Stephen Port inquests: Killer told neighbour second victim died abroad
Ryan Hooper, PA Chief Reporter
- Credit: Met Police
Barking serial killer Stephen Port tried to cover his tracks by telling a concerned neighbour his second victim died in mysterious circumstances abroad, an inquest heard.
Ryan Edwards said Port urged him not to speak to others about the death of Gabriel Kovari, 22, and described how he had concerns about Port’s fascination with young men and children’s toys.
Mr Edwards first met Mr Kovari after Port, who was said to have “a revolving door of boys coming and going”, invited him round to meet his “new Slovakian twink flat mate” (Mr Kovari) on August 24, 2014.
The next day, Mr Kovari told Mr Edwards that Port “is not the person you think he is, he’s not a nice man”.
This prompted Mr Edwards to offer him shelter at his home nearby, but Mr Kovari did not reply to his follow-up messages.
Unbeknownst to Mr Edwards, he was found dead on August 28 in a secluded corner of St Margaret’s Churchyard, near Port’s flat.
Two days earlier, Port contacted Mr Edwards saying Mr Kovari had moved out.
Port followed this by asking Mr Edwards if he had seen Mr Kovari around, floating the idea that he moved to Spain.
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Port then texted Mr Edwards on September 11 to say the young man had died on a flight abroad.
In one text, shown to inquest jurors today (October 28), Port wrote: “Hey neighbour, have just heard sum (sic) sad news from one of Gabriel’s friends that Gab did return to Spain to be with his bf (boyfriend) and he died on arrival from an infection.
“His (sic) being buried in slovkya (sic). Please don’t put on FB (Facebook) or mention to anyone else as his family are in bits.”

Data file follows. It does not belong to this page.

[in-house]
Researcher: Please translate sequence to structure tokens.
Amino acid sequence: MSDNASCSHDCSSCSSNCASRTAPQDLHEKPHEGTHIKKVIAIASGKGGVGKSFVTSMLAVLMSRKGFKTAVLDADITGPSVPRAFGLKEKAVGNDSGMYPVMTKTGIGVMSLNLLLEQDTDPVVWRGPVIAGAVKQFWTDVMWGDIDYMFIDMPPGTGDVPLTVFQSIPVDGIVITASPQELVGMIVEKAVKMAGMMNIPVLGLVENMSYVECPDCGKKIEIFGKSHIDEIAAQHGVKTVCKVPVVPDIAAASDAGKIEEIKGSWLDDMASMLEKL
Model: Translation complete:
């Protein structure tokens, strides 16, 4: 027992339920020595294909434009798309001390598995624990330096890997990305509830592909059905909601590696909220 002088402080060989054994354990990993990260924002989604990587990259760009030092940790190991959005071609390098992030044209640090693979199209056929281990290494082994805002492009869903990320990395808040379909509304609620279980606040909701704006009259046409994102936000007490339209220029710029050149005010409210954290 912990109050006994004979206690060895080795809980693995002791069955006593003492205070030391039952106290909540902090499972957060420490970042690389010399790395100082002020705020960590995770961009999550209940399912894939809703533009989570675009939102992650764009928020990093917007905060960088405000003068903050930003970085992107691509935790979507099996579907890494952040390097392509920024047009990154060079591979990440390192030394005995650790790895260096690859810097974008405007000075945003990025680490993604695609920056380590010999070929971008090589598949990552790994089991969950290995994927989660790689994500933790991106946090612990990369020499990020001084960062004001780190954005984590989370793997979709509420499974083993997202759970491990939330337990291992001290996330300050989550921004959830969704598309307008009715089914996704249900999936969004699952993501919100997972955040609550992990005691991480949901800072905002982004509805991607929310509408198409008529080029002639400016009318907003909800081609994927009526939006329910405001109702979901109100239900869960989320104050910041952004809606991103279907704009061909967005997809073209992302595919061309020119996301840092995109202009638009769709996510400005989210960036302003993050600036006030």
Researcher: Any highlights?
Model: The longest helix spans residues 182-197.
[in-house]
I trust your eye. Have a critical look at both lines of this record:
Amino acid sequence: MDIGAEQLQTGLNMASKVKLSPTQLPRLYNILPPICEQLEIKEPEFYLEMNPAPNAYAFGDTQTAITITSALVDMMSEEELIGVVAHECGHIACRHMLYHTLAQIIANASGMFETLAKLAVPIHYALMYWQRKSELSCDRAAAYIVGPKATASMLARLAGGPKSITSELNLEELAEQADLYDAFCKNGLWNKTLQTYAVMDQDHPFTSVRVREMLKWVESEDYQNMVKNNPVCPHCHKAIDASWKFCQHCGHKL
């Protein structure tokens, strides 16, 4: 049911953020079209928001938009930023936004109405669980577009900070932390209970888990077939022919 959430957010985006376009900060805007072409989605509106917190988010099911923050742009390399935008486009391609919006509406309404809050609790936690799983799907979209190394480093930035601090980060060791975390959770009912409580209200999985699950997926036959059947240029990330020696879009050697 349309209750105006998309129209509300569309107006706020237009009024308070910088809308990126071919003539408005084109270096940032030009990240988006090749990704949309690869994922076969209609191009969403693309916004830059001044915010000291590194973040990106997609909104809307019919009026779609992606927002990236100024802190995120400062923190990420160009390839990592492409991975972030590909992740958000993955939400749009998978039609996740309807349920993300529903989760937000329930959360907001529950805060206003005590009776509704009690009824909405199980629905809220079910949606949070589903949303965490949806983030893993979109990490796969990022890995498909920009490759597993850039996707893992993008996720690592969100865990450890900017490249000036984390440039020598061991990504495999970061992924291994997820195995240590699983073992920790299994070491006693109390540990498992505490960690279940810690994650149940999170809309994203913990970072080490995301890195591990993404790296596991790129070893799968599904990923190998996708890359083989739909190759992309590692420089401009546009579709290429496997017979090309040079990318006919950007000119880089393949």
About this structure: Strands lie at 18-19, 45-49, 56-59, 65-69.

Mr Edwards, 42, said he found Port’s story to be suspicious, but did not have any reason to disbelieve him.
In fact, Mr Edwards was unaware that Mr Kovari was found dead in Barking until over a year later because he was away that month.
He also told inquest jurors that Port had a “voracious appetite” for meeting “very young” men, and had a “strange” obsession with children’s toys.
He said killer Port spent time with “vulnerable” boys to such an extent that he considered the softly-spoken chef might have “paedophile tendencies”.
Mr Edwards said he also had concerns about Port’s drug use, but was reassured by the predator that his interest in young males was legal and that the drugs were for personal use only.
Port, now 46, was jailed for life in 2016 after being convicted of murder by plying four young, gay men with fatal doses of the drug GHB, as well as a number of rapes.
Mr Edwards said he would have reported concerns about Port’s young companions and about drug use if there was any evidence of criminal activity, as he had done with a previous friend.
Anthony Walgate, 23, Mr Kovari, Daniel Whitworth, 21, and Jack Taylor, 25, were all found dead near Port’s flat between June 2014 and September 2015.
Inquests into the four deaths are examining whether police actions could have stopped the 6ft 5in serial killer earlier.